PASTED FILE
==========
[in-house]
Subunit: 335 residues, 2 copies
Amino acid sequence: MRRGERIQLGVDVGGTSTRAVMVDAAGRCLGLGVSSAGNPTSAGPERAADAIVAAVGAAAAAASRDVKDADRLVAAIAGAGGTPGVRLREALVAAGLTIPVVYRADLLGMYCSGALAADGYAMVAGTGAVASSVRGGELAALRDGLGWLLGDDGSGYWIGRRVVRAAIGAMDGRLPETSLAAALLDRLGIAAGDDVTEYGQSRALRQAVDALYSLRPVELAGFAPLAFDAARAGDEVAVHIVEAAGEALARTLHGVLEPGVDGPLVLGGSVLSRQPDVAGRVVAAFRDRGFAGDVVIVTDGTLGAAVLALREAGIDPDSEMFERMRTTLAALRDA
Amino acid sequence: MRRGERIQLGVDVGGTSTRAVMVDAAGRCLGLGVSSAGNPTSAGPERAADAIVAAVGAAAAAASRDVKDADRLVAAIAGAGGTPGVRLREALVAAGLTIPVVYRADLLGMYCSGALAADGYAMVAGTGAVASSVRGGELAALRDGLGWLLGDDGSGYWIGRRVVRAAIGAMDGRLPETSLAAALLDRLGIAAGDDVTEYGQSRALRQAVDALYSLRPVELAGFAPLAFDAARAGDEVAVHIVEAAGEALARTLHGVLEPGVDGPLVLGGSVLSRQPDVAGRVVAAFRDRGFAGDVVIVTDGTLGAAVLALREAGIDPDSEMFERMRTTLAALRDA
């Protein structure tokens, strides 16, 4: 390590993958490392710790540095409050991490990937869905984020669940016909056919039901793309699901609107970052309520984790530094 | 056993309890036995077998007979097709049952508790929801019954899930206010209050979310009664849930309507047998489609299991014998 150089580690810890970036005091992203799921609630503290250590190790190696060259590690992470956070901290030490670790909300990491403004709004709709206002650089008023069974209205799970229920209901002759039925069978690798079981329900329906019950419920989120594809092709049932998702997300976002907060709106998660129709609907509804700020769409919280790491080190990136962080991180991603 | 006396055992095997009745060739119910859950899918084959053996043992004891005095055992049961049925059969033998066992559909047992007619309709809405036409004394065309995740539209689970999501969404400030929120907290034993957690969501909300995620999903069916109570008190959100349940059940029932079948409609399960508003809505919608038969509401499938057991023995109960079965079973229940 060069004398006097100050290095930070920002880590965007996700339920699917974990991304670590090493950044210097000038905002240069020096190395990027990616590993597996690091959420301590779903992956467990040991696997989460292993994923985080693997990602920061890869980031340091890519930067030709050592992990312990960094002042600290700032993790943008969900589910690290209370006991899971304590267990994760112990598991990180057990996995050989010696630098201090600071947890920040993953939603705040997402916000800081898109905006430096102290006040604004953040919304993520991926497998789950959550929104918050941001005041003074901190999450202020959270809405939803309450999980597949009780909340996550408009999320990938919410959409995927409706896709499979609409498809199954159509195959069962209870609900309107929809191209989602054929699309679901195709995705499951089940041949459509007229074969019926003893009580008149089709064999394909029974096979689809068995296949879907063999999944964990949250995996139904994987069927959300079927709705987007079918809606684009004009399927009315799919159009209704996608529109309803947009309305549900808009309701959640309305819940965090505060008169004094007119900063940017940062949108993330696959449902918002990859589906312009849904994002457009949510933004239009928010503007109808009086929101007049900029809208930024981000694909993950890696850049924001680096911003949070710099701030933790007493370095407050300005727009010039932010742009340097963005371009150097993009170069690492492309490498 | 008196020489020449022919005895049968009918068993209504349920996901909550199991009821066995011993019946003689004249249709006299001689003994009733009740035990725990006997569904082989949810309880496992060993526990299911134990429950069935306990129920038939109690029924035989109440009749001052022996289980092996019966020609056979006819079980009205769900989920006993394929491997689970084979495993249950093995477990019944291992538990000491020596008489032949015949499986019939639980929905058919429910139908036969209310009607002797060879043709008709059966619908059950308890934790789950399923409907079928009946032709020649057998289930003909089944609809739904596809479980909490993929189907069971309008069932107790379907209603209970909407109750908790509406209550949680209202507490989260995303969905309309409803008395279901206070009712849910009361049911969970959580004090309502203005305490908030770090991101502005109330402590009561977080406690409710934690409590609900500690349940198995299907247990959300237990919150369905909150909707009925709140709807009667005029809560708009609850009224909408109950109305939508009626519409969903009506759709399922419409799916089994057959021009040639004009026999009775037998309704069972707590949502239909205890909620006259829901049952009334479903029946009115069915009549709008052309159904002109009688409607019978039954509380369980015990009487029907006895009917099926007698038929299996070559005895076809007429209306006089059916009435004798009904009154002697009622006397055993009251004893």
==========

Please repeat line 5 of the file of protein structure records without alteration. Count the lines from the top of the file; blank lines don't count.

């Protein structure tokens, strides 16, 4: 390590993958490392710790540095409050991490990937869905984020669940016909056919039901793309699901609107970052309520984790530094 | 056993309890036995077998007979097709049952508790929801019954899930206010209050979310009664849930309507047998489609299991014998 150089580690810890970036005091992203799921609630503290250590190790190696060259590690992470956070901290030490670790909300990491403004709004709709206002650089008023069974209205799970229920209901002759039925069978690798079981329900329906019950419920989120594809092709049932998702997300976002907060709106998660129709609907509804700020769409919280790491080190990136962080991180991603 | 006396055992095997009745060739119910859950899918084959053996043992004891005095055992049961049925059969033998066992559909047992007619309709809405036409004394065309995740539209689970999501969404400030929120907290034993957690969501909300995620999903069916109570008190959100349940059940029932079948409609399960508003809505919608038969509401499938057991023995109960079965079973229940 060069004398006097100050290095930070920002880590965007996700339920699917974990991304670590090493950044210097000038905002240069020096190395990027990616590993597996690091959420301590779903992956467990040991696997989460292993994923985080693997990602920061890869980031340091890519930067030709050592992990312990960094002042600290700032993790943008969900589910690290209370006991899971304590267990994760112990598991990180057990996995050989010696630098201090600071947890920040993953939603705040997402916000800081898109905006430096102290006040604004953040919304993520991926497998789950959550929104918050941001005041003074901190999450202020959270809405939803309450999980597949009780909340996550408009999320990938919410959409995927409706896709499979609409498809199954159509195959069962209870609900309107929809191209989602054929699309679901195709995705499951089940041949459509007229074969019926003893009580008149089709064999394909029974096979689809068995296949879907063999999944964990949250995996139904994987069927959300079927709705987007079918809606684009004009399927009315799919159009209704996608529109309803947009309305549900808009309701959640309305819940965090505060008169004094007119900063940017940062949108993330696959449902918002990859589906312009849904994002457009949510933004239009928010503007109808009086929101007049900029809208930024981000694909993950890696850049924001680096911003949070710099701030933790007493370095407050300005727009010039932010742009340097963005371009150097993009170069690492492309490498 | 008196020489020449022919005895049968009918068993209504349920996901909550199991009821066995011993019946003689004249249709006299001689003994009733009740035990725990006997569904082989949810309880496992060993526990299911134990429950069935306990129920038939109690029924035989109440009749001052022996289980092996019966020609056979006819079980009205769900989920006993394929491997689970084979495993249950093995477990019944291992538990000491020596008489032949015949499986019939639980929905058919429910139908036969209310009607002797060879043709008709059966619908059950308890934790789950399923409907079928009946032709020649057998289930003909089944609809739904596809479980909490993929189907069971309008069932107790379907209603209970909407109750908790509406209550949680209202507490989260995303969905309309409803008395279901206070009712849910009361049911969970959580004090309502203005305490908030770090991101502005109330402590009561977080406690409710934690409590609900500690349940198995299907247990959300237990919150369905909150909707009925709140709807009667005029809560708009609850009224909408109950109305939508009626519409969903009506759709399922419409799916089994057959021009040639004009026999009775037998309704069972707590949502239909205890909620006259829901049952009334479903029946009115069915009549709008052309159904002109009688409607019978039954509380369980015990009487029907006895009917099926007698038929299996070559005895076809007429209306006089059916009435004798009904009154002697009622006397055993009251004893």